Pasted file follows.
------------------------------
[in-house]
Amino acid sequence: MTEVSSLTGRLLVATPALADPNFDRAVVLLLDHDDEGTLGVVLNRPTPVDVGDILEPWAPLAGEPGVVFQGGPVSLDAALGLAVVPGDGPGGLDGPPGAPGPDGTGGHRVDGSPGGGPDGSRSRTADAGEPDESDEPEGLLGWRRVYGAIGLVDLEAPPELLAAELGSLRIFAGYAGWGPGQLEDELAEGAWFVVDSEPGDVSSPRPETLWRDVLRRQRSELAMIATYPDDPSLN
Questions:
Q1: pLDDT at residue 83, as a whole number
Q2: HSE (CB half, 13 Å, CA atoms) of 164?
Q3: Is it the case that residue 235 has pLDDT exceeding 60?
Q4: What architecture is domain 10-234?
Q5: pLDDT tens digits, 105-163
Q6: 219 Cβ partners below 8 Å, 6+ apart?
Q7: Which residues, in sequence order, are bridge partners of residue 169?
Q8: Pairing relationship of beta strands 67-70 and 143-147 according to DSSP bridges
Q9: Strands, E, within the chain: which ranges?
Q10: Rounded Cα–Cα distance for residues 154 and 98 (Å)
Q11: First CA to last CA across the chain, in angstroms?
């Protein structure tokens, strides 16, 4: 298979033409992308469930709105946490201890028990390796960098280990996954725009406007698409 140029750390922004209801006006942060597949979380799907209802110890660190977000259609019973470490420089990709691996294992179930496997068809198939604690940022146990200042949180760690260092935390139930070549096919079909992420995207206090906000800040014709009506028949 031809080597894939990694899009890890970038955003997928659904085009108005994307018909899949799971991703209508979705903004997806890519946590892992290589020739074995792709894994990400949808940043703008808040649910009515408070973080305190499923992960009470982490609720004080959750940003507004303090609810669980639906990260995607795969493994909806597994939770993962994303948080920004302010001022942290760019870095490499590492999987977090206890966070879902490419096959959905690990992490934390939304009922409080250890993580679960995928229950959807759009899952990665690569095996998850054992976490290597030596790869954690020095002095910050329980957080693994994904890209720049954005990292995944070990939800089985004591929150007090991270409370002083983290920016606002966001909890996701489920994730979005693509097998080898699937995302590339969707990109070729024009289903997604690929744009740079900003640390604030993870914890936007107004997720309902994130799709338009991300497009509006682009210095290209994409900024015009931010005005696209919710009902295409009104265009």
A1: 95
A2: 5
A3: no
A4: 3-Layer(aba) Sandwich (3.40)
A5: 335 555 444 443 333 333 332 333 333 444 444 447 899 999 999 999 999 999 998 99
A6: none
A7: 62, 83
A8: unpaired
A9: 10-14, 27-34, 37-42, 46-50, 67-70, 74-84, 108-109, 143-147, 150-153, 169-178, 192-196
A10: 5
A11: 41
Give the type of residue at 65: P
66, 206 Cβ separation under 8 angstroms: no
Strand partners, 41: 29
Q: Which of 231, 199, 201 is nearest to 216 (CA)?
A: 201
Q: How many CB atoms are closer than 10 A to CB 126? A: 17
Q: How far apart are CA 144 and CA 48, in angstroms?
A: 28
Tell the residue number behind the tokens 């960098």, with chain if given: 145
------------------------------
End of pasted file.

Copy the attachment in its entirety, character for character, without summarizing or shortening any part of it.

[in-house]
Amino acid sequence: MTEVSSLTGRLLVATPALADPNFDRAVVLLLDHDDEGTLGVVLNRPTPVDVGDILEPWAPLAGEPGVVFQGGPVSLDAALGLAVVPGDGPGGLDGPPGAPGPDGTGGHRVDGSPGGGPDGSRSRTADAGEPDESDEPEGLLGWRRVYGAIGLVDLEAPPELLAAELGSLRIFAGYAGWGPGQLEDELAEGAWFVVDSEPGDVSSPRPETLWRDVLRRQRSELAMIATYPDDPSLN
Questions:
Q1: pLDDT at residue 83, as a whole number
Q2: HSE (CB half, 13 Å, CA atoms) of 164?
Q3: Is it the case that residue 235 has pLDDT exceeding 60?
Q4: What architecture is domain 10-234?
Q5: pLDDT tens digits, 105-163
Q6: 219 Cβ partners below 8 Å, 6+ apart?
Q7: Which residues, in sequence order, are bridge partners of residue 169?
Q8: Pairing relationship of beta strands 67-70 and 143-147 according to DSSP bridges
Q9: Strands, E, within the chain: which ranges?
Q10: Rounded Cα–Cα distance for residues 154 and 98 (Å)
Q11: First CA to last CA across the chain, in angstroms?
């Protein structure tokens, strides 16, 4: 298979033409992308469930709105946490201890028990390796960098280990996954725009406007698409 140029750390922004209801006006942060597949979380799907209802110890660190977000259609019973470490420089990709691996294992179930496997068809198939604690940022146990200042949180760690260092935390139930070549096919079909992420995207206090906000800040014709009506028949 031809080597894939990694899009890890970038955003997928659904085009108005994307018909899949799971991703209508979705903004997806890519946590892992290589020739074995792709894994990400949808940043703008808040649910009515408070973080305190499923992960009470982490609720004080959750940003507004303090609810669980639906990260995607795969493994909806597994939770993962994303948080920004302010001022942290760019870095490499590492999987977090206890966070879902490419096959959905690990992490934390939304009922409080250890993580679960995928229950959807759009899952990665690569095996998850054992976490290597030596790869954690020095002095910050329980957080693994994904890209720049954005990292995944070990939800089985004591929150007090991270409370002083983290920016606002966001909890996701489920994730979005693509097998080898699937995302590339969707990109070729024009289903997604690929744009740079900003640390604030993870914890936007107004997720309902994130799709338009991300497009509006682009210095290209994409900024015009931010005005696209919710009902295409009104265009």
A1: 95
A2: 5
A3: no
A4: 3-Layer(aba) Sandwich (3.40)
A5: 335 555 444 443 333 333 332 333 333 444 444 447 899 999 999 999 999 999 998 99
A6: none
A7: 62, 83
A8: unpaired
A9: 10-14, 27-34, 37-42, 46-50, 67-70, 74-84, 108-109, 143-147, 150-153, 169-178, 192-196
A10: 5
A11: 41
Give the type of residue at 65: P
66, 206 Cβ separation under 8 angstroms: no
Strand partners, 41: 29
Q: Which of 231, 199, 201 is nearest to 216 (CA)?
A: 201
Q: How many CB atoms are closer than 10 A to CB 126? A: 17
Q: How far apart are CA 144 and CA 48, in angstroms?
A: 28
Tell the residue number behind the tokens 């960098």, with chain if given: 145